Git Beyond Basics: 7 Uncommon Git Commands Every Developer Should Know

📆 · ⏳ 3 min read · · 👀

Introduction

Git is a powerful tool for version control that allows developers to track changes to their code over time. However, the vast number of Git commands available can be overwhelming, and most developers only use a fraction of them.

In this article, we will explore seven uncommon Git commands that can help you to work more efficiently and effectively.

Commands

git stash

The git stash command allows you to temporarily save changes that are not yet ready to be committed.

This can be useful when you need to switch branches or pull in changes from another branch without committing your changes.

Example:

Terminal window
git stash
Saved working directory and index state WIP on feature-branch: 7f23a8a Add new feature

git bisect

The git bisect command helps you to find the commit that introduced a bug in your code.

You can use this command to quickly locate the commit that caused the bug and fix it.

Example:

Terminal window
git bisect start
git bisect bad
git bisect good v1.0

git rebase

Git rebase is a command that allows you to rewrite your Git history.

This can be useful if you need to clean up your commit history before merging a branch or if you need to apply a series of commits from one branch to another.

Example:

Terminal window
git checkout feature-branch
git rebase main

git revert

If you ever need to undo a commit, git revert is the command to use. Unlike git reset, git revert allows you to undo a commit without removing it from your Git history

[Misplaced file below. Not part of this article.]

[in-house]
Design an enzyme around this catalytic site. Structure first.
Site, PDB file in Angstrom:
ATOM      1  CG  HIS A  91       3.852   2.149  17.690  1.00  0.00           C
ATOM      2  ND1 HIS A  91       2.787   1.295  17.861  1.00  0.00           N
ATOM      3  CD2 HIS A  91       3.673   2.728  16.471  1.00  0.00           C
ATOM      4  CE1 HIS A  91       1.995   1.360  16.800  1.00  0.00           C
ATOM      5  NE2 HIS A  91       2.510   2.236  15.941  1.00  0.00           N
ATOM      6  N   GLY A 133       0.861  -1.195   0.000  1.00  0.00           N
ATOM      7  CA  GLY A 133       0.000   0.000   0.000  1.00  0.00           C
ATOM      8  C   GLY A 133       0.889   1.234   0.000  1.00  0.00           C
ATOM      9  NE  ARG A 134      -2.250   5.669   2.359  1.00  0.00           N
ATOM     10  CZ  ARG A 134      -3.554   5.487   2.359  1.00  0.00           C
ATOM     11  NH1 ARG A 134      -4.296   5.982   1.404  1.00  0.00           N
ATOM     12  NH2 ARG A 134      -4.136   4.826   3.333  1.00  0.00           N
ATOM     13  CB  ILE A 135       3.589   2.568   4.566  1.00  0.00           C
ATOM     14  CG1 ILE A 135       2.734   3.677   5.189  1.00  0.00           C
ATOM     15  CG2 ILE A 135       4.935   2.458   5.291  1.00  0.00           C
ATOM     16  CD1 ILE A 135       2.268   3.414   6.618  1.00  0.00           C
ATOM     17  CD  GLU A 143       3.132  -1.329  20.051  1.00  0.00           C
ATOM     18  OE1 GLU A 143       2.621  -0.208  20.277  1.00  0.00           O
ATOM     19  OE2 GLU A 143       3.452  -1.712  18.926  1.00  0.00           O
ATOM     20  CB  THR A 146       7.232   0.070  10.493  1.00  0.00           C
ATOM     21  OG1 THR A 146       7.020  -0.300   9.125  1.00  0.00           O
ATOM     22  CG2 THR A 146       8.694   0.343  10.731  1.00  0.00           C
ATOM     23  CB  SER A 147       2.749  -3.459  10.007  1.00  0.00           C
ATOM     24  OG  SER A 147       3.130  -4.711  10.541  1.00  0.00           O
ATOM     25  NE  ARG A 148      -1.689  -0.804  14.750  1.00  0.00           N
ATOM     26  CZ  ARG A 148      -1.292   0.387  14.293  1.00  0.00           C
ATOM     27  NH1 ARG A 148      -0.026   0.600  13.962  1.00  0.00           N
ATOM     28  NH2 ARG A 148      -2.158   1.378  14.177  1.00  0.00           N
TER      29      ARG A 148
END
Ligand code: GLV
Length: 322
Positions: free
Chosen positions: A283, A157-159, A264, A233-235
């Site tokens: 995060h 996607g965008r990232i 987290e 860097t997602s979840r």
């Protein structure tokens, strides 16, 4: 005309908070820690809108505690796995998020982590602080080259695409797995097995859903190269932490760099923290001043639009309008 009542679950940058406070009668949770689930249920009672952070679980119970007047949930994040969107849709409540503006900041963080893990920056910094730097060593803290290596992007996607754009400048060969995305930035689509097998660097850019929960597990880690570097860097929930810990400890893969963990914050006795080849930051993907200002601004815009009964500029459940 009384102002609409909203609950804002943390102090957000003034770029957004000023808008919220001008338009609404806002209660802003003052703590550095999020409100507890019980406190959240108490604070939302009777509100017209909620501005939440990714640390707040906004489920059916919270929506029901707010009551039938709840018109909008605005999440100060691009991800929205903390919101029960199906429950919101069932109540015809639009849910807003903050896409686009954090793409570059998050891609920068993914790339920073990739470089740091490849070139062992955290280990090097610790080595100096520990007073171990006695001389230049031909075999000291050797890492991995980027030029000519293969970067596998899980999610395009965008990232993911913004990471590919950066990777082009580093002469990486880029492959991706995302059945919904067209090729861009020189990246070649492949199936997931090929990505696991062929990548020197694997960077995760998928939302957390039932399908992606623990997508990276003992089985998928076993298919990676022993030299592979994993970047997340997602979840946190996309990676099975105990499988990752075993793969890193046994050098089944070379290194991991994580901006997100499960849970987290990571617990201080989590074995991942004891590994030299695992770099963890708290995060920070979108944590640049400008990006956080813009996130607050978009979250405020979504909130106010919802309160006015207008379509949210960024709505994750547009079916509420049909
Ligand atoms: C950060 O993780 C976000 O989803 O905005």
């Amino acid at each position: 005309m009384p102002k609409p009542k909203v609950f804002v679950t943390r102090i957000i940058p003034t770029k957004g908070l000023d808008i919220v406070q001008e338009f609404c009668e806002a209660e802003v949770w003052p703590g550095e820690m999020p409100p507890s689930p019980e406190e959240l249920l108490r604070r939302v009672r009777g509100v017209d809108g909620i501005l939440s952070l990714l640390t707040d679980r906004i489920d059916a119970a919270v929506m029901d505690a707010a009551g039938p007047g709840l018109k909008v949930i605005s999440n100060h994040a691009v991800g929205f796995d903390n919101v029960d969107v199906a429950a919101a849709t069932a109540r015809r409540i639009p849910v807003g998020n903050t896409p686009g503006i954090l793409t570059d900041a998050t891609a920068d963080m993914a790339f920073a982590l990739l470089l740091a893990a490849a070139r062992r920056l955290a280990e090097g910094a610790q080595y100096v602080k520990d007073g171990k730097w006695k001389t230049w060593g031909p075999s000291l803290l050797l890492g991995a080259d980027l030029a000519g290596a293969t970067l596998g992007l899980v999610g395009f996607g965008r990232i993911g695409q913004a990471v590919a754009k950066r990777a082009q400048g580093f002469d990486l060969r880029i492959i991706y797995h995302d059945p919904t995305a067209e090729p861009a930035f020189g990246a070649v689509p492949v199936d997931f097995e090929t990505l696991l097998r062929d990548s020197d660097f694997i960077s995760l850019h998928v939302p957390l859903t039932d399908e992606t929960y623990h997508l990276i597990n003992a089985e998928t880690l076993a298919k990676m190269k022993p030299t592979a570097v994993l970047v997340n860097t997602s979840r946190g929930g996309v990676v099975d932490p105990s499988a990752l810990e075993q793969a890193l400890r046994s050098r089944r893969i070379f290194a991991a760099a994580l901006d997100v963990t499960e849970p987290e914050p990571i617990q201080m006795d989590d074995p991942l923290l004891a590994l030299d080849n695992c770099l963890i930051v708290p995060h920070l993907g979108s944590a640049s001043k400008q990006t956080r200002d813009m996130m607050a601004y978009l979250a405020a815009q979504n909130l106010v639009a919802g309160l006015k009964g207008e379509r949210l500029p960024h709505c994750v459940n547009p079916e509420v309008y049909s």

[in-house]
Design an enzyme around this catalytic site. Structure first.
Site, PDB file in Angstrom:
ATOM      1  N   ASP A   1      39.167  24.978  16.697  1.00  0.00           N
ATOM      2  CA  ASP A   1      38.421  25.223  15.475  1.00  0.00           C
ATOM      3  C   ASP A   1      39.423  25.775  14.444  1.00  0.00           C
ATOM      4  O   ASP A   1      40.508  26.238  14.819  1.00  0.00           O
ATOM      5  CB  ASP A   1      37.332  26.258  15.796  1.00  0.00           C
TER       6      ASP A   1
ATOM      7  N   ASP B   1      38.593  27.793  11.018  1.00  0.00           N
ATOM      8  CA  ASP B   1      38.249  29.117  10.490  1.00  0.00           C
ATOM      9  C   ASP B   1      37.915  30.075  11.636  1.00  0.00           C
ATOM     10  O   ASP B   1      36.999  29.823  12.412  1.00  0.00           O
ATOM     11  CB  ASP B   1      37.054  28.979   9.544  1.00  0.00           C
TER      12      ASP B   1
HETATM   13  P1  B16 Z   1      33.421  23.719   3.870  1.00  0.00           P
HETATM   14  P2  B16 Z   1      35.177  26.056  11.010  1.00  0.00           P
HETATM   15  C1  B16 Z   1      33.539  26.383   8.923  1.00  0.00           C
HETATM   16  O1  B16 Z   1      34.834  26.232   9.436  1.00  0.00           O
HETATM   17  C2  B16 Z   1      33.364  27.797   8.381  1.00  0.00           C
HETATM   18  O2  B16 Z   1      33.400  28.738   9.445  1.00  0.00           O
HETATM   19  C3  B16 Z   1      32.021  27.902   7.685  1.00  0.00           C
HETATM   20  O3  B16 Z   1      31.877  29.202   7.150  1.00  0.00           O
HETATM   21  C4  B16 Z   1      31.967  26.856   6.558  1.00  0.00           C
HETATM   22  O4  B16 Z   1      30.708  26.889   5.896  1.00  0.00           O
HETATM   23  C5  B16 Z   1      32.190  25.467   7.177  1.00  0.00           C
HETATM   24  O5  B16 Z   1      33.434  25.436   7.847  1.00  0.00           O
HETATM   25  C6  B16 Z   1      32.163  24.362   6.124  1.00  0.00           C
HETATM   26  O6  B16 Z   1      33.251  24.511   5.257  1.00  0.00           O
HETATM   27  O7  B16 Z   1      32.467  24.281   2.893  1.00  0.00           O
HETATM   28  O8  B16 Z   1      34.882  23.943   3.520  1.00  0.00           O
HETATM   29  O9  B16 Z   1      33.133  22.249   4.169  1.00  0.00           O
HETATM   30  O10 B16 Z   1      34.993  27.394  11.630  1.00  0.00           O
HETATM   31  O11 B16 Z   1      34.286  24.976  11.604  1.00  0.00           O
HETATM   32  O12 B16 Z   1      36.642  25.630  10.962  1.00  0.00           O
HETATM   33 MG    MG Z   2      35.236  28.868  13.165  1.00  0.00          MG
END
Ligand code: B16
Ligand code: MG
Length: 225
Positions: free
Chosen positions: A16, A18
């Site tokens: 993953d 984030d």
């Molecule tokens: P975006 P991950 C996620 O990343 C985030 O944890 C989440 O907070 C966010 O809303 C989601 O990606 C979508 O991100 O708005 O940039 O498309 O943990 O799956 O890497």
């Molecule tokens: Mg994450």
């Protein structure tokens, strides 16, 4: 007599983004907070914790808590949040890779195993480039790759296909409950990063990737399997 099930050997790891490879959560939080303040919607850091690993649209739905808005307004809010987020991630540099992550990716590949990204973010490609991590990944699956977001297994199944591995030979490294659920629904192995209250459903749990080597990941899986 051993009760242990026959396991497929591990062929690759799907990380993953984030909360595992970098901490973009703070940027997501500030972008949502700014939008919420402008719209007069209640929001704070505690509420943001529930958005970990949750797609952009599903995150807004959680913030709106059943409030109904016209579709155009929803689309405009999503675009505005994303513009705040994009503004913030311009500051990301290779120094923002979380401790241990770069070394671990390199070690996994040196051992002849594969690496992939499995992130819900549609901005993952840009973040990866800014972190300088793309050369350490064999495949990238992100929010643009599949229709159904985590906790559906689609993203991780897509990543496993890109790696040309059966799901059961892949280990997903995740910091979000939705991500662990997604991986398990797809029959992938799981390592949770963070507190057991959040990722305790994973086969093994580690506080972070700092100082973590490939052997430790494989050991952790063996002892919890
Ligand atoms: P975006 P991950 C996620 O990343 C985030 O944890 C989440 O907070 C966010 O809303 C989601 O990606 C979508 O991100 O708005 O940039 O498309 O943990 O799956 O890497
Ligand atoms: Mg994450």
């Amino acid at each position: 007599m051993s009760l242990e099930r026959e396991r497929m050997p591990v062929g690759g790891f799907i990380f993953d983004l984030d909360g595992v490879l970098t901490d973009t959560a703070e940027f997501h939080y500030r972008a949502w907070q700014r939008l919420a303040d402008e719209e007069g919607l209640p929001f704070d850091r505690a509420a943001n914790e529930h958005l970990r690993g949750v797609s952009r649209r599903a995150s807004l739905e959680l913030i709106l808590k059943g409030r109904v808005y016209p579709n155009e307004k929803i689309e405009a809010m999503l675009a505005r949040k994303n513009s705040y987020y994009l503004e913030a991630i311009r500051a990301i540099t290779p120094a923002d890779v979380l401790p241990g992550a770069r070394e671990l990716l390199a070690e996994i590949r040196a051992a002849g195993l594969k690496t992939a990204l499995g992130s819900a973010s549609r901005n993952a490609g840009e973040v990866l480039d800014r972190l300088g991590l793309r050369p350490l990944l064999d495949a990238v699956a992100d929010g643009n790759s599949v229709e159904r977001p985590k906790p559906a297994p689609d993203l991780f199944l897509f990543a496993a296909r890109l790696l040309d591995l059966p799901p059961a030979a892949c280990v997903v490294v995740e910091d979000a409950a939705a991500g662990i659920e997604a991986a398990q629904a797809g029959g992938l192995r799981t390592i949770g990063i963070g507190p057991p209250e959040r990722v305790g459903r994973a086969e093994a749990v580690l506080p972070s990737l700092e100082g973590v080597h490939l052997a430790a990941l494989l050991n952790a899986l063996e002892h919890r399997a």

This is useful if you need to undo a commit that has already been pushed to a remote repository.

Example:

Terminal window
git revert 7f23a8a

git cherry-pick

The git cherry-pick command allows you to apply a single commit from one branch to another.

This can be useful when you need to apply a specific fix or feature to another branch without merging the entire branch.

Example:

Terminal window
git cherry-pick 7f23a8a

git blame

The git blame command allows you to see who last modified a specific line of code and when.

This can be helpful in identifying the author of a particular bug or issue.

Example:

Terminal window
git blame index.html

git submodule

The git submodule command allows you to include one Git repository as a subdirectory of another Git repository.

This can be useful when you need to include a shared library or tool in your project.

Example:

Terminal window
git submodule add https://github.com/user/repo.git

Conclusion

In this article, we have explored seven uncommon Git commands that can help improve your workflow and productivity. These commands can help you to work more efficiently, troubleshoot issues, and collaborate more effectively with your team.

By incorporating these commands into your daily workflow, you can become a more proficient Git user and take your coding skills to the next level.

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